This commentary is excerpted from The American Prospect.
Hiking south on the Appalachian Trail from Reeds Gap in Virginia, my teenage daughter and I come to a clearing. We’re at the Three Ridges Overlook, taking in the view of the Rockfish River Valley undulating to the east. Piney Mountain, blanketed in a green canopy of oaks and poplars, stares back at us from across the divide. This tranquil section of the iconic trail is the subject of a four-year legal battle that landed in June at the Supreme Court. It’s the spot where Dominion Energy wants to route the controversial Atlantic Coast Pipeline (ACP), a $7.5 billion, 600-mile, 42-inch-diameter pipe that will carry fracked natural gas from the depths of the Marcellus Shale in West Virginia. The pipeline would run up and over several mountain ranges to the Virginia coast and to eastern North Carolina.
The stakes are high. The lawsuit over this section of the Appalachian Trail could determine the fate of some of the largest natural gas deposits in North America. In a landmark decision last December, the Fourth Circuit Court of Appeals in Richmond axed the project—for now. That court found that the entire Appalachian Trail from Georgia to Maine is part of the National Park System, blocking federal agencies from authorizing a pipeline crossing. The astonishing decision upended the U.S. natural gas industry and also jeopardizes other pipeline projects with proposed routes across the trail.
Whether the pipeline construction ever goes forward ultimately hinges on the question of who has authority over the Appalachian Trail. If the Supreme Court declines to hear Cowpasture River Preservation Association v. U.S. Forest Service (an announcement is expected this fall), then the Fourth Circuit decision will stand, and the ACP will likely be doomed unless it gets a congressional exemption or Dominion chooses a costly new route. Both Dominion and the Trump administration petitioned the high court to hear the case, with Dominion charging that the Fourth Circuit turned the trail into “an impregnable barrier” that locks up abundant natural gas in the Midwest. (Full disclosure: I’m on the board of an environmental group, Virginia Conservation Network, that has opposed the Atlantic Coast Pipeline, but VCN is not a party to any of the pipeline litigation.)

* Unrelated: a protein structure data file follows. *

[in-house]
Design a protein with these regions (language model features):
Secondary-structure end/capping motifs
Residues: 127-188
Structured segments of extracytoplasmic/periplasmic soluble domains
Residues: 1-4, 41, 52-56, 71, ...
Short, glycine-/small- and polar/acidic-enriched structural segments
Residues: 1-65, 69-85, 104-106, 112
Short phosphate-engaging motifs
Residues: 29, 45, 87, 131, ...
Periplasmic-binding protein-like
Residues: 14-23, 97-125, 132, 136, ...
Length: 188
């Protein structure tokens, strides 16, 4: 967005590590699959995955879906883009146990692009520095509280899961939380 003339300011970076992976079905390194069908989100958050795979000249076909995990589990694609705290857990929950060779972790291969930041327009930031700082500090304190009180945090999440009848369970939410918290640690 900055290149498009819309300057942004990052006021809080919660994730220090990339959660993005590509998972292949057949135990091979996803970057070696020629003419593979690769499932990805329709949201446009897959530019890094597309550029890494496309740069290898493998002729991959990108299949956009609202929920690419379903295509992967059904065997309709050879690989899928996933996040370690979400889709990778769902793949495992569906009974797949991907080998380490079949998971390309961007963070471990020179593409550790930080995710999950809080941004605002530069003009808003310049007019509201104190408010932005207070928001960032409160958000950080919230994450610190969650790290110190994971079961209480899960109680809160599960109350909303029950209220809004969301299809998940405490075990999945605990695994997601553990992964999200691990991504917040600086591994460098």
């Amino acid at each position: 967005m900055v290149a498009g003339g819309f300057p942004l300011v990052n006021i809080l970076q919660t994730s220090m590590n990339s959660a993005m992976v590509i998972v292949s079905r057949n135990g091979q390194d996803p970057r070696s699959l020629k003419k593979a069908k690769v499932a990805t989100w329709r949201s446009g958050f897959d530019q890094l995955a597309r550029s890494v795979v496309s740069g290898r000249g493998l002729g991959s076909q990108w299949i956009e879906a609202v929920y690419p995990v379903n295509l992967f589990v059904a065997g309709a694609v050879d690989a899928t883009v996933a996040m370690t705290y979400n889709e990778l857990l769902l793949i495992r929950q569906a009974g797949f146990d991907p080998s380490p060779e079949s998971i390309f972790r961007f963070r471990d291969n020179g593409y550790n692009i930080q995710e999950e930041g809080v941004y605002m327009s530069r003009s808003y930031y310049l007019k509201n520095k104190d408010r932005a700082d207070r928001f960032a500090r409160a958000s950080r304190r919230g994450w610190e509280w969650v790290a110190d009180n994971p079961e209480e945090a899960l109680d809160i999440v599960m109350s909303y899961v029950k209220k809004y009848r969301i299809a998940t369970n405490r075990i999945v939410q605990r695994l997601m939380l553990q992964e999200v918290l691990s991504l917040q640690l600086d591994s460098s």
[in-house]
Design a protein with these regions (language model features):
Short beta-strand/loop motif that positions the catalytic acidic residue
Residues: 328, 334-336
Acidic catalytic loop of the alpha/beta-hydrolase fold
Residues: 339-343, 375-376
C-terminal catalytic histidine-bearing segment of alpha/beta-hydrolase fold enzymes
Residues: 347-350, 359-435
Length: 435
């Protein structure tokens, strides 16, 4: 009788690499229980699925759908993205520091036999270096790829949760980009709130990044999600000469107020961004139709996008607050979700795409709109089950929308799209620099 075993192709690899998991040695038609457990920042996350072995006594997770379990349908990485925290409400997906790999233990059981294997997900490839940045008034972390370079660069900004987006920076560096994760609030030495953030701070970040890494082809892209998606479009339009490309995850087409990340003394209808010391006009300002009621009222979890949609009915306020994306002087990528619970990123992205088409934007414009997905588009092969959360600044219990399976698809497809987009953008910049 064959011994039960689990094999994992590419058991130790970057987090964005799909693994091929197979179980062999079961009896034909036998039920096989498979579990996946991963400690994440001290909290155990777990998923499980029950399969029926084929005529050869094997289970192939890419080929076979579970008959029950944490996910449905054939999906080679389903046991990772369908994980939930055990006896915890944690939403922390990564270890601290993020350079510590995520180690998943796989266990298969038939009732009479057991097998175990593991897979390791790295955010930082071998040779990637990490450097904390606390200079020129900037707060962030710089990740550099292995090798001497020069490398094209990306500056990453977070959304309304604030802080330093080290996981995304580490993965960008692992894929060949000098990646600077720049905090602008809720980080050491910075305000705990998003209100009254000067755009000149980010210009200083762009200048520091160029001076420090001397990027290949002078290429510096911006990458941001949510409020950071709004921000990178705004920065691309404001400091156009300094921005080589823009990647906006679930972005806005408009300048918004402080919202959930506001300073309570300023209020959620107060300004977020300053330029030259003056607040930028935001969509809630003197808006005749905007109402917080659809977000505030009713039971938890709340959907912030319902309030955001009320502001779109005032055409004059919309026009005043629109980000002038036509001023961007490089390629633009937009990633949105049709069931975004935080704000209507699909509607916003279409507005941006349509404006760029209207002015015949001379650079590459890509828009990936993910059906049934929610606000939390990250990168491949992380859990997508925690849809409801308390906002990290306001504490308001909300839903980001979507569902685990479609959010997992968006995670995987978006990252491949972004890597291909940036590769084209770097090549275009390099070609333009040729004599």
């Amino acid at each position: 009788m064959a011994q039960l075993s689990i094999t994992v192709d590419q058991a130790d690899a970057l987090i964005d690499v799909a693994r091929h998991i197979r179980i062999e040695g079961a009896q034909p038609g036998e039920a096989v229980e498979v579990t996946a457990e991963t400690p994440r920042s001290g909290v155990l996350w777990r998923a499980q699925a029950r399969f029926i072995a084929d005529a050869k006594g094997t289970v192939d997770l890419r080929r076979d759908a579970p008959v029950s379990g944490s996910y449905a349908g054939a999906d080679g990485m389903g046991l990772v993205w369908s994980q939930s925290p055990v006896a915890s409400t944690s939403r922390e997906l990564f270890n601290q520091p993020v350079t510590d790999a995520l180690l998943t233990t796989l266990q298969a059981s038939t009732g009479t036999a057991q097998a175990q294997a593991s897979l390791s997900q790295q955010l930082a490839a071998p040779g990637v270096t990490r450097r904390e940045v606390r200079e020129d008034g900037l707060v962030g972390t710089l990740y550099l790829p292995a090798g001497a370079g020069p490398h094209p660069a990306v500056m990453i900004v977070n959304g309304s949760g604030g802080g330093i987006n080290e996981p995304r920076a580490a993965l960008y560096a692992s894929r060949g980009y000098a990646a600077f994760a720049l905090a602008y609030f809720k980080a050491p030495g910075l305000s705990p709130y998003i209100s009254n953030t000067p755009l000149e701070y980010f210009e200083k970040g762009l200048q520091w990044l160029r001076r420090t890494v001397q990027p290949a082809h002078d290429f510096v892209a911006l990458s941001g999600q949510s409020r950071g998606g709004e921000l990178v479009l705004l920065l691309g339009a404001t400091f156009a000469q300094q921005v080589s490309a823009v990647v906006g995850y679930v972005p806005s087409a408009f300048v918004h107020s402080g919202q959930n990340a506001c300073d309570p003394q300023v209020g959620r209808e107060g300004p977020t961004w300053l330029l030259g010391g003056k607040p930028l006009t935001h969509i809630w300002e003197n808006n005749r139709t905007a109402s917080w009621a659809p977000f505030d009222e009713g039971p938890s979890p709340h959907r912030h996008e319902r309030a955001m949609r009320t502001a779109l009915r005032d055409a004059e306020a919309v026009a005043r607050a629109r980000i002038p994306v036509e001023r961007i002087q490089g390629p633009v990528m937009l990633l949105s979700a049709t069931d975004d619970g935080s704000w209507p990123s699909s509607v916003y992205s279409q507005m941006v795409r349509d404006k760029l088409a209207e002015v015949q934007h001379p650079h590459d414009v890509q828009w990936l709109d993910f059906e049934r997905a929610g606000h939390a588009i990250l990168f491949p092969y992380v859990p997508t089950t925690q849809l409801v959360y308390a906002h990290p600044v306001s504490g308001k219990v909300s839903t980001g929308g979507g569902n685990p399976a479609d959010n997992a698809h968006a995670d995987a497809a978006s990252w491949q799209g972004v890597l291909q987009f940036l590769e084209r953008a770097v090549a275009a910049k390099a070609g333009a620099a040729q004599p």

Yet an even more fundamental problem posed by this latest generation of pipeline projects is not the exact point where they cross the Appalachian Trail, but whether they should be built at all. Once these investments in fossil fuel infrastructure are made, developers have every incentive to use the pipelines for their whole useful life (about 80 years), which would throw greenhouse gases into the atmosphere and exacerbate the climate crisis.
The Appalachian Trail, the longest continuous hiking-only route in the world, occupies a strange legal landscape. No one had an incentive to determine conclusively who controlled sections of the trail—until now. But who controls the trail affects everything from jobs and energy resources to water quality and climate change. The Appalachian Trail has long been a story of power, property, jurisdiction, and land rights, and the quandaries surrounding those issues now fuel this case. Is the Appalachian Trail part of the National Park System even when it runs through property that the Park Service doesn’t own? If so, what does that mean for users of the trail? And how can U.S. energy policy support pipeline construction through public lands and at the same time allow a narrow strip of footpath to block the projects?
Did the court get it right? A plain reading of the applicable statutes shows that it did. At the heart of this case is the 1920 Mineral Leasing Act, which governs energy development on public lands. That law allows pipeline rights-of-way on “all lands owned by the United States,” except “lands in the National Park System.” Is the Appalachian Trail a land “in the National Park System”? According to the Fourth Circuit, the answer is "yes" because Congress defined the National Park System, in a 1916 law, to include “any area of land and water administered” by the Park Service.
Read the entire commentary in The American Prospect.